Posted on May 19, 2020
Caring for a loved one with health issues in “normal times” can be emotionally and physically taxing and stressful; add to that the concerns and circumstances of the COVID-19 pandemic and the danger of caregiver burnout mounts exponentially.
A helpful perspective can be found in information cited in a recent publication of www.mccleanhospital.org, an affiliate of Harvard Medical School, Navigating the Stresses of Caring for a Loved One During a Pandemic”,
The unprecedented circumstances are challenging for everyone, but they may be especially difficult for caregivers. Whether they are supporting older adults, children, or ill family members, caregivers can find their experience rewarding and joyful. They may also find it demanding and exhausting. The coronavirus pandemic adds another layer of stress to their lives.
Ipsit Vahia, MD, medical director of McLean’s Geriatric Psychiatry Outpatient Services, said it’s important to recognize that caregiving is an active process that requires a person’s full engagement—often physically and certainly mentally.
Vahia said, “Many people are now having to balance both caregiving and other professional commitments at the same time their usual support system is unavailable to them.”
Many of Vahia’s patients are in their late eighties or nineties and have children in their sixties who are their caregivers.
“These caregivers may struggle to balance,” Vahia said. “There’s the anxiety of caregiving for their loved one. But there’s also their own anxiety around falling into the high-risk category for catching COVID-19 themselves.” Vahia believes this group may be at the highest risk for caregiver burnout because they must deal with their own health anxiety as well as stress from their caregiver role.
Practicing self-care is even more important during this pandemic, as substitute caregiving options may be very limited. Caregivers are notorious for putting themselves last to get needs met. If you are one of those people, consider the following.
Consult with your physician about symptoms that may be medically related such as physical aches and pains, stomach issues, sleep issues. Remember to take your medications as prescribed.
2. Establish regular contact with others.
Though social-distancing barriers may be in place, have regular phone, email, or video contact with a support system of friends, fellow caregivers, and family. Schedule a weekly or twice weekly contact, and don’t allow this to get lost in the business of your caregiving. It is vital for you to be able to talk freely about your concerns, stresses and frustrations with a trusted, understanding confidante.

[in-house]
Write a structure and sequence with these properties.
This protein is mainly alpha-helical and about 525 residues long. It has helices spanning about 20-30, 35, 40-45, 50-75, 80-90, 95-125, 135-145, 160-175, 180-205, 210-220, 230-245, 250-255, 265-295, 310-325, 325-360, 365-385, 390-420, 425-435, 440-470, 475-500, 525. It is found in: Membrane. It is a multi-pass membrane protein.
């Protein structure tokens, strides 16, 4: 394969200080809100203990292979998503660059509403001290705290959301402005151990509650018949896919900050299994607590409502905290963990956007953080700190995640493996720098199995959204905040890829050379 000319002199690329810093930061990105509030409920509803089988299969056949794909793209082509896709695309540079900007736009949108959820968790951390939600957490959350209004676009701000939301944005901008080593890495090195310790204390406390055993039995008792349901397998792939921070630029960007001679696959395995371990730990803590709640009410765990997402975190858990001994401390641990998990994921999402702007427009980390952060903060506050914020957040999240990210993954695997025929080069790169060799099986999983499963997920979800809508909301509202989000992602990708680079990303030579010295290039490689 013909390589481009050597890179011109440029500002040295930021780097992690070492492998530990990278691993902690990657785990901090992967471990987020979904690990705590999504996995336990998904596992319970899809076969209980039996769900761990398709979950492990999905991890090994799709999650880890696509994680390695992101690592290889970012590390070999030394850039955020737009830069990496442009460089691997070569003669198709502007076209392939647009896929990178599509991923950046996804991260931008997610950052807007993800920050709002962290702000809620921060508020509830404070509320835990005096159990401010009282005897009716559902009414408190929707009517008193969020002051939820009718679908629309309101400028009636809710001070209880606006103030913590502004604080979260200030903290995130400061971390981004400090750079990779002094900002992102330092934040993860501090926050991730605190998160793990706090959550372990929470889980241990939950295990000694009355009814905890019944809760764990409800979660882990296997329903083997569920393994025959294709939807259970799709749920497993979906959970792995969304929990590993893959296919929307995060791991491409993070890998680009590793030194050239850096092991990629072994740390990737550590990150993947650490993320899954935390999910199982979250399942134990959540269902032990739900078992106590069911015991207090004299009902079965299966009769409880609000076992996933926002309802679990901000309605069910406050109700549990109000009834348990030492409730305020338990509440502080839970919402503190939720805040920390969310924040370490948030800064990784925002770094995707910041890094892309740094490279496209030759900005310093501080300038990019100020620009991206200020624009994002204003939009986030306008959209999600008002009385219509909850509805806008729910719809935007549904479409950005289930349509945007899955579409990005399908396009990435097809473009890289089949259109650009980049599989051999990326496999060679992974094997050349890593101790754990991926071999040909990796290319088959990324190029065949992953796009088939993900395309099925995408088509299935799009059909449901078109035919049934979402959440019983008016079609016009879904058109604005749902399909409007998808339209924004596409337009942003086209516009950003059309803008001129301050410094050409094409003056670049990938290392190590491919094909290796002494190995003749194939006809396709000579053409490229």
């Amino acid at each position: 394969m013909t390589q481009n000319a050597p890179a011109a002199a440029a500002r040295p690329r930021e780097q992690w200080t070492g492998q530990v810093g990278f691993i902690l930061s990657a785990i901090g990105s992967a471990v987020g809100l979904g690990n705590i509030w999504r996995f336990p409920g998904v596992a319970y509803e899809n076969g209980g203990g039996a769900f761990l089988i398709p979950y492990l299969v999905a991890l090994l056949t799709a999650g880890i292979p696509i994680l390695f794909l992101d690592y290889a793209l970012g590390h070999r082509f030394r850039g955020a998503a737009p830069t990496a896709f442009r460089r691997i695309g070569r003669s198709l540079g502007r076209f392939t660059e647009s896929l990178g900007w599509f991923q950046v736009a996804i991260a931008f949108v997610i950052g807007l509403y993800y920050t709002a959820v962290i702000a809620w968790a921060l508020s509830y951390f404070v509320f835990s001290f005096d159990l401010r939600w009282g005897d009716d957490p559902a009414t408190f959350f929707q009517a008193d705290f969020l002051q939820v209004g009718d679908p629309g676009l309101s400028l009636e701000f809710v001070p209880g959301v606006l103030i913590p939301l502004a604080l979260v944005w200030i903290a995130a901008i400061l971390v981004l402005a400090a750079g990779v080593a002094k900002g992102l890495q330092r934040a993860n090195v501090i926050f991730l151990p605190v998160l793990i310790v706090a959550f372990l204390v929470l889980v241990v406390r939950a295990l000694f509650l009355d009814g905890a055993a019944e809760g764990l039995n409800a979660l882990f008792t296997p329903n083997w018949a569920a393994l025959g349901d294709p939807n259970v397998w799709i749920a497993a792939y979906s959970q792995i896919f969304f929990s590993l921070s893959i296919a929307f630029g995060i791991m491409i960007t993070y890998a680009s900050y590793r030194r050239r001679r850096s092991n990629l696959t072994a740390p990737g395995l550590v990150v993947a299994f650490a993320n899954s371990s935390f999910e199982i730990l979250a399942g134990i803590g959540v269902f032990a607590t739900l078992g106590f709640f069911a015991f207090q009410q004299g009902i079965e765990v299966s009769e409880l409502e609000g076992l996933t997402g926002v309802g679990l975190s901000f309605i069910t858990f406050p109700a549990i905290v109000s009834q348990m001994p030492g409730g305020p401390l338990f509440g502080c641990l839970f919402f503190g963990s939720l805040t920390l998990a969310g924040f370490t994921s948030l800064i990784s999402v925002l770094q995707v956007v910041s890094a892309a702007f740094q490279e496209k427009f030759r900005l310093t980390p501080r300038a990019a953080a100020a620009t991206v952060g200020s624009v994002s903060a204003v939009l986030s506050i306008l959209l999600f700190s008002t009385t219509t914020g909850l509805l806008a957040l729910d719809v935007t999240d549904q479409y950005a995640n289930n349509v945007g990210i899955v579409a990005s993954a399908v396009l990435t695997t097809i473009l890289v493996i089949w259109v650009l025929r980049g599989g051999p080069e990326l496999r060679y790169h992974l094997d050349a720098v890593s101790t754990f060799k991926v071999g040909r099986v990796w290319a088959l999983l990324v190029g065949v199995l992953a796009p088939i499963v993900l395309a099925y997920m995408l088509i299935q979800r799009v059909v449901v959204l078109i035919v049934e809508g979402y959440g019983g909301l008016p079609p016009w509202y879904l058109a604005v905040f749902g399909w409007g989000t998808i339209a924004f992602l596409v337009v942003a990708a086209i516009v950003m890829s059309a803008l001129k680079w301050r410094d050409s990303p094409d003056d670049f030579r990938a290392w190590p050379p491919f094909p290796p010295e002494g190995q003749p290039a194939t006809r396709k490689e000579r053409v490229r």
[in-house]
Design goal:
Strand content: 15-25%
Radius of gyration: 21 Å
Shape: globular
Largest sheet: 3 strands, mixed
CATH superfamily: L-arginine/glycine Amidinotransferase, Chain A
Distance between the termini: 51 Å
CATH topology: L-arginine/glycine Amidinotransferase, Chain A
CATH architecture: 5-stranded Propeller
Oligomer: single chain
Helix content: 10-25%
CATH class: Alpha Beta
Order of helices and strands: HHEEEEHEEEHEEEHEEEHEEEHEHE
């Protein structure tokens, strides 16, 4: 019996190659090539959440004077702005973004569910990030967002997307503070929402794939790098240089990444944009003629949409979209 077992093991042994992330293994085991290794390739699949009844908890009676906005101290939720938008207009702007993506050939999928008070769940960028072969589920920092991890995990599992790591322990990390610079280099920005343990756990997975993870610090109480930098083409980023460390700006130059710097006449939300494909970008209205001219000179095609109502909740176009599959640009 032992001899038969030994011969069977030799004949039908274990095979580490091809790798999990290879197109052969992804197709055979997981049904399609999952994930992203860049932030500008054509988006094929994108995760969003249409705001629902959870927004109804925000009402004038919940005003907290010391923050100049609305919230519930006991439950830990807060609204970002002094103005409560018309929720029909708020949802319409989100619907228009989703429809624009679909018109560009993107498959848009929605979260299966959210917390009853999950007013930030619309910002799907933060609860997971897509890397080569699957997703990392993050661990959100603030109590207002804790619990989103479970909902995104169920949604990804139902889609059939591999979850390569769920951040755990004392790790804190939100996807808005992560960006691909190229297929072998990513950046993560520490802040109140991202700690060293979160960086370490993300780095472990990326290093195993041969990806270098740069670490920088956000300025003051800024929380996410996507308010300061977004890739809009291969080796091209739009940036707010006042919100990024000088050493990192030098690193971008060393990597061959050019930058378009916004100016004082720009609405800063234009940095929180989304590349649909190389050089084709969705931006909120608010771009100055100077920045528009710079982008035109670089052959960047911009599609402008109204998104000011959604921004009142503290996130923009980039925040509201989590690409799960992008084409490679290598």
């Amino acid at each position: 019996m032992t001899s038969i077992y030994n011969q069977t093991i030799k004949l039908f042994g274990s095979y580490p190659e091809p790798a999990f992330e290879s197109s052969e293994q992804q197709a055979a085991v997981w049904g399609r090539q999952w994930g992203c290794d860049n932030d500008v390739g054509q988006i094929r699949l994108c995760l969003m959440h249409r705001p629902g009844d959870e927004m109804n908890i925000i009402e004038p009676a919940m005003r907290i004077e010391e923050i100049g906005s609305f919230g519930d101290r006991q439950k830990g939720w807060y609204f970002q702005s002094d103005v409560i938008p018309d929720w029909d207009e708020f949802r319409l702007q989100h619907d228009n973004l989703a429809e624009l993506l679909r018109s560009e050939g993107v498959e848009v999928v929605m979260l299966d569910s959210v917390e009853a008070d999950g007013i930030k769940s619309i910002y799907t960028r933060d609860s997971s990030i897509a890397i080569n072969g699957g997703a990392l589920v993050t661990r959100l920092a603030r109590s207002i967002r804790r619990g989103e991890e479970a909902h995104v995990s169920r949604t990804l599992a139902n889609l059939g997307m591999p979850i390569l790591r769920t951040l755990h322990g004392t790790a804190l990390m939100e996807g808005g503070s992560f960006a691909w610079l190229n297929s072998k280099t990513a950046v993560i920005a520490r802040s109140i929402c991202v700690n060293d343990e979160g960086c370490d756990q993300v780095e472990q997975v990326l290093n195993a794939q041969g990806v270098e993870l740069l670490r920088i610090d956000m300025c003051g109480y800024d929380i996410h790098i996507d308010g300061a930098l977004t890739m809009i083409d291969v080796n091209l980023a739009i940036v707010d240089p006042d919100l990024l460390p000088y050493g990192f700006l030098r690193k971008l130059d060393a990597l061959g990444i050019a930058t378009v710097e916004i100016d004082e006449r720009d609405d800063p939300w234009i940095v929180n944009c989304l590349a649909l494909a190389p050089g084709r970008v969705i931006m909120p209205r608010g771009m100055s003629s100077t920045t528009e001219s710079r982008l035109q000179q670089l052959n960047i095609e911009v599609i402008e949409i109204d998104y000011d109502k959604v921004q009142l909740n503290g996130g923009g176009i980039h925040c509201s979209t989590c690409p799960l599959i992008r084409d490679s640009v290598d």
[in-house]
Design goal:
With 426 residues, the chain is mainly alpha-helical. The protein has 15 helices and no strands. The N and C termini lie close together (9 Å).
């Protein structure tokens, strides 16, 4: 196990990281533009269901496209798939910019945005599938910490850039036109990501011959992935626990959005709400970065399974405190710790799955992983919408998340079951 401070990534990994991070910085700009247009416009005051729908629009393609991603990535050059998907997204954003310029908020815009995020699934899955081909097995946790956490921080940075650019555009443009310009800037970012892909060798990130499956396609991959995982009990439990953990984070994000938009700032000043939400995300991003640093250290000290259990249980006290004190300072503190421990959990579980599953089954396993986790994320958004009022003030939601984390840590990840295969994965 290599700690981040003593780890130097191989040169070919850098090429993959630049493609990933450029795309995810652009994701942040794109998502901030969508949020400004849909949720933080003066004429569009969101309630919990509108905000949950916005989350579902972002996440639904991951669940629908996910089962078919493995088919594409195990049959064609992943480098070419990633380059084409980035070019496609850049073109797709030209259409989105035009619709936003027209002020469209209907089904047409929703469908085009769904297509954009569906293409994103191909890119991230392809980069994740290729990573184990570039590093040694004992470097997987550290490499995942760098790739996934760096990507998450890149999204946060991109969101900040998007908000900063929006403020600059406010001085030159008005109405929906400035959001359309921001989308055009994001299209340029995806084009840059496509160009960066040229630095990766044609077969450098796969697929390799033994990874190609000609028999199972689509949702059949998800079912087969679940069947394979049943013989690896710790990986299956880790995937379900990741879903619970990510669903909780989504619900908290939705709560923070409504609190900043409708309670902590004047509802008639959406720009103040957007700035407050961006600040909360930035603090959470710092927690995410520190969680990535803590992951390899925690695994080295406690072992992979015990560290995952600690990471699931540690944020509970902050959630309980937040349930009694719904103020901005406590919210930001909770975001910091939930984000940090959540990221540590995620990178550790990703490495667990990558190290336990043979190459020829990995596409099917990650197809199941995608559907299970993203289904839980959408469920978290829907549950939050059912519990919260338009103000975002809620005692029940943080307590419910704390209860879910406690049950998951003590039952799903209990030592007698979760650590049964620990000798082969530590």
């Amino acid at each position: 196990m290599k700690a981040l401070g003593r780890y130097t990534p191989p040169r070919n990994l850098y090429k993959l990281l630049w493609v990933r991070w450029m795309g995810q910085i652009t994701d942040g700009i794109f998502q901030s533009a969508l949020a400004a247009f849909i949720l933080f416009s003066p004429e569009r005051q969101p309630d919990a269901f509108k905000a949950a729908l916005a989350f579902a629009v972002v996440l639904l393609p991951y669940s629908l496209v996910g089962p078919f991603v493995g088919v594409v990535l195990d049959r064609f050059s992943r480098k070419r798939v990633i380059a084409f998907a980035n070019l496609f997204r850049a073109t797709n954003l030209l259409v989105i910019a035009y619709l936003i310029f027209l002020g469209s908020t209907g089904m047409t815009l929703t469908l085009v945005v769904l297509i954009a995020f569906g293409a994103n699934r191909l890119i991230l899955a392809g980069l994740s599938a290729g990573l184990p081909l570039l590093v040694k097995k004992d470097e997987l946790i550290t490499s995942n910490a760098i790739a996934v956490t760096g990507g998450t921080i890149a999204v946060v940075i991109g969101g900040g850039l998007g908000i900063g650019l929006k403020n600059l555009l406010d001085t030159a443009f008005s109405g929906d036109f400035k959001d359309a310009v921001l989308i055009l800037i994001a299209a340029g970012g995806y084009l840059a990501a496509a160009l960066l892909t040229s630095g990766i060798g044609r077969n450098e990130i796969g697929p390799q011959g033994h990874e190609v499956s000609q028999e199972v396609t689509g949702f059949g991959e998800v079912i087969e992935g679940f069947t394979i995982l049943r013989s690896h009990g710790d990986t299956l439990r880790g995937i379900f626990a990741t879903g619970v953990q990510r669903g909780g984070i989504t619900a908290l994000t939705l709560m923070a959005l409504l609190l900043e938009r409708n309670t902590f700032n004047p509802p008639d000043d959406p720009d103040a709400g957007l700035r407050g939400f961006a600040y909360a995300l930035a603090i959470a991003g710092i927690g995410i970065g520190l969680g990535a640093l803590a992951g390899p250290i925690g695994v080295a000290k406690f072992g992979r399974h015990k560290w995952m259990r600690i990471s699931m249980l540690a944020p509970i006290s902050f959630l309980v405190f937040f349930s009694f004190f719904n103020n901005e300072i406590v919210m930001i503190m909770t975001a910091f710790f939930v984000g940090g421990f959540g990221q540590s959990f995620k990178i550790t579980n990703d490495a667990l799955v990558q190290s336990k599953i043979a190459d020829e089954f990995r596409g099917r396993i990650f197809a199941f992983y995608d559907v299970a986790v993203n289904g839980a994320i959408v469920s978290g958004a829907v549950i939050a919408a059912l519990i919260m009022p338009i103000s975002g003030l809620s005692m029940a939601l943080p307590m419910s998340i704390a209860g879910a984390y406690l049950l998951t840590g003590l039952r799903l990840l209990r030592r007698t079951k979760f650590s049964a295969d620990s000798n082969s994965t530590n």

3. Practice preventive physical and mental health routines.
Following the CDC guidelines for the pandemic, find ways to adapt your routine with the pandemic restrictions to exercise regularly, eat regularly and healthily, and practice meditation or relaxation exercises. YouTube is a source of a plethora of meditations and relaxation programs that can be easily utilized for the latter.
4. Avoid excessive use of alcohol or use of any recreational drugs.
Relying on these methods of relaxation and stress relief will likely create additional problems.
5. Seek respite help.
This can be challenging even in non-pandemic situations, but even more so now. It is very necessary to have a break to assist in reducing burn-out risk. There may be an individual who you know might help, who has not had high risk exposure to the virus. Home care agencies are still operating and may be able to provide a respite sitter for a few hours for a fee. Agencies such as Iowa Department on Aging at https://www.iowaaging.gov/about/area-agencies-aging or 800-532-3213 or Alzheimer’s Association at https://www.alz.org/iowa or 272.3900 (answered 24 hrs.) can assist with resources or referrals.
6. Make your well-being a priority.
You can’t help your loved one over the long-term if you are continually exhausted, depressed, or ill. Seek professional counseling if you are feeling at risk of harming yourself or your loved one. Call 911 if the situation is urgent. Go to your local emergency room if you able to get there safely. There is counseling available via telehealth using your smartphone or computer.
7. Seek help if you need help.
The National Alliance on Mental Illness (NAMI) has offered the following crisis resources as well. The National Suicide Prevention Lifeline connects you with a crisis center in the Lifeline network closest to your location. Your call will be answered by a trained crisis worker who will listen empathetically and without judgment. The crisis worker will work to ensure that you feel safe and help identify options and information about mental health services in your area. Your call is confidential and free. Or utilize the Crisis Text Line – Text NAMI to 741-741. You will connect with a trained crisis counselor to receive free, 24/7 crisis support via text message.
A simple but apt prayer for caregivers was shared in an article in Guideposts by author Olivia Abel posted April 2, 2020: Dear God, thank You for trusting me with the precious role of caring for another. Infuse me with Your strength when this crisis saps my energy; comfort me when I am lonely and fearful. Remind me that You are the Great Protector and that You are holding me and my family safely in your hands.
My presence will go with you, and I will give you rest. Exodus 33:14
Toni Larson, LISW
Director of Counseling – Lutheran Family Service & Perry Lutheran Homes
Are you a caregiver that could use a little extra help during this challenging time? Reach out today to the Lutheran Family Service team of professional, Christian counselors online – https://lutheranfamilyservice.org/contact/ or by phone – 515-251-4900.
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